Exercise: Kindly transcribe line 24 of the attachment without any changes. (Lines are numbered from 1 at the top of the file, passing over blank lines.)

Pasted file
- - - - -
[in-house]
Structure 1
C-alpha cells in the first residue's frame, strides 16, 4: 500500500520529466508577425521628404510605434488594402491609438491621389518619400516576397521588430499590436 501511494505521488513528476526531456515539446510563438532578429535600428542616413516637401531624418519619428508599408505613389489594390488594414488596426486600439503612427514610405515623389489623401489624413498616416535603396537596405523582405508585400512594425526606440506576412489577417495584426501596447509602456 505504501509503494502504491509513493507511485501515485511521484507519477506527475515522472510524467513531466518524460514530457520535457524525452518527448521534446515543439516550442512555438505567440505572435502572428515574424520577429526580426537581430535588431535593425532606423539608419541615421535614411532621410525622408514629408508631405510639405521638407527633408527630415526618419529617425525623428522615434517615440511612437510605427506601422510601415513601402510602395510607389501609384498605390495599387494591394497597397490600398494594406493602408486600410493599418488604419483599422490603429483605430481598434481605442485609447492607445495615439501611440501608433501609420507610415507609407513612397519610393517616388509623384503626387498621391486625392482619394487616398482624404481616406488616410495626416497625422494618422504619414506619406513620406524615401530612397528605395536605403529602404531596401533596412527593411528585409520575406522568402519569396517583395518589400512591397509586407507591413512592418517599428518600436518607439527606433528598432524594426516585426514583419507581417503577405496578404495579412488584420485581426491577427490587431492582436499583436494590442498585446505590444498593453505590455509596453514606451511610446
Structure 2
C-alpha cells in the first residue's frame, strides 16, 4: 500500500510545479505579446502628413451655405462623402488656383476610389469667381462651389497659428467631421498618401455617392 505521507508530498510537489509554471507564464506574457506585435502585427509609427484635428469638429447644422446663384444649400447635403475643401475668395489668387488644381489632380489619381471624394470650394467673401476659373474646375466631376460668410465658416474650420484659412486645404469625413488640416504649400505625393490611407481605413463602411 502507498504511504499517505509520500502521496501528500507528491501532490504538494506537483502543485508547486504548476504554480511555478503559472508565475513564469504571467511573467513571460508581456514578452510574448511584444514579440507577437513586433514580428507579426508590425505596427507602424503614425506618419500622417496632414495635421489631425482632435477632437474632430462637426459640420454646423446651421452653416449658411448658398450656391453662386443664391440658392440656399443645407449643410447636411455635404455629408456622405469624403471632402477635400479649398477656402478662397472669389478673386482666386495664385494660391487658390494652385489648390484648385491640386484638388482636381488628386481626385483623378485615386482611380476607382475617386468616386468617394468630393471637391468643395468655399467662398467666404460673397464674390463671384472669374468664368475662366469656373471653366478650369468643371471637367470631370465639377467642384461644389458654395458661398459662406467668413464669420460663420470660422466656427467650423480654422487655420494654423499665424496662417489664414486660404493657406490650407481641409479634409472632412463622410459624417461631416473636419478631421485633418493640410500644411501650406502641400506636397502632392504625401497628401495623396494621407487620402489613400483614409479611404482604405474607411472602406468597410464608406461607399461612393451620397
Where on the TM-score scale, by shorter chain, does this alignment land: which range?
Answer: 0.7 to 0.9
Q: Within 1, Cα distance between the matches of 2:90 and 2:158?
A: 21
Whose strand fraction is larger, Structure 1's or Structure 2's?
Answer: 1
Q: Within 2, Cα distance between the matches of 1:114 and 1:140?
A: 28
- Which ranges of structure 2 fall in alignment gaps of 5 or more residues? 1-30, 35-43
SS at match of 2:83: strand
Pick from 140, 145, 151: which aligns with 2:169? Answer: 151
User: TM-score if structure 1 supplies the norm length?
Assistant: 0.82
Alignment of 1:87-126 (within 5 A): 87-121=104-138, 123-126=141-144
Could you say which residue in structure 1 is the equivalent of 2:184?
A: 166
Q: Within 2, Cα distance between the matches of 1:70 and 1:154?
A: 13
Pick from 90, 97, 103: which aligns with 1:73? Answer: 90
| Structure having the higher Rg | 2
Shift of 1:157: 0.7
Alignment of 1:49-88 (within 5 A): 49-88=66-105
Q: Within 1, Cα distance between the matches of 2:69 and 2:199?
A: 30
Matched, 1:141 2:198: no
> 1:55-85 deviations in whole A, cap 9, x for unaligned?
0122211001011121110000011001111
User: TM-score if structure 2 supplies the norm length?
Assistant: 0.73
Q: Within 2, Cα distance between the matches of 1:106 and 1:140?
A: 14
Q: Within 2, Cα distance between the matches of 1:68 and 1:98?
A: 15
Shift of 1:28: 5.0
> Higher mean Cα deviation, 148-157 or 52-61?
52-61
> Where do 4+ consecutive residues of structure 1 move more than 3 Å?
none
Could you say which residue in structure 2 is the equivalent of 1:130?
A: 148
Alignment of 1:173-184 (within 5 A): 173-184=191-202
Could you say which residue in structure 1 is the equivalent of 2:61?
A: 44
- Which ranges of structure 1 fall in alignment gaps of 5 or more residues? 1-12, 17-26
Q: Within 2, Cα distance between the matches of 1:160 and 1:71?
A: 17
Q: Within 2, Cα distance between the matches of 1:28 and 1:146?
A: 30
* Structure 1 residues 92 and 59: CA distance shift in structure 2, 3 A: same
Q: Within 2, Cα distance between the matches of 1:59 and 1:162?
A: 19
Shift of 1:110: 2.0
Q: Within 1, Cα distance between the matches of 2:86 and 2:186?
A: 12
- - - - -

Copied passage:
Pick from 90, 97, 103: which aligns with 1:73? Answer: 90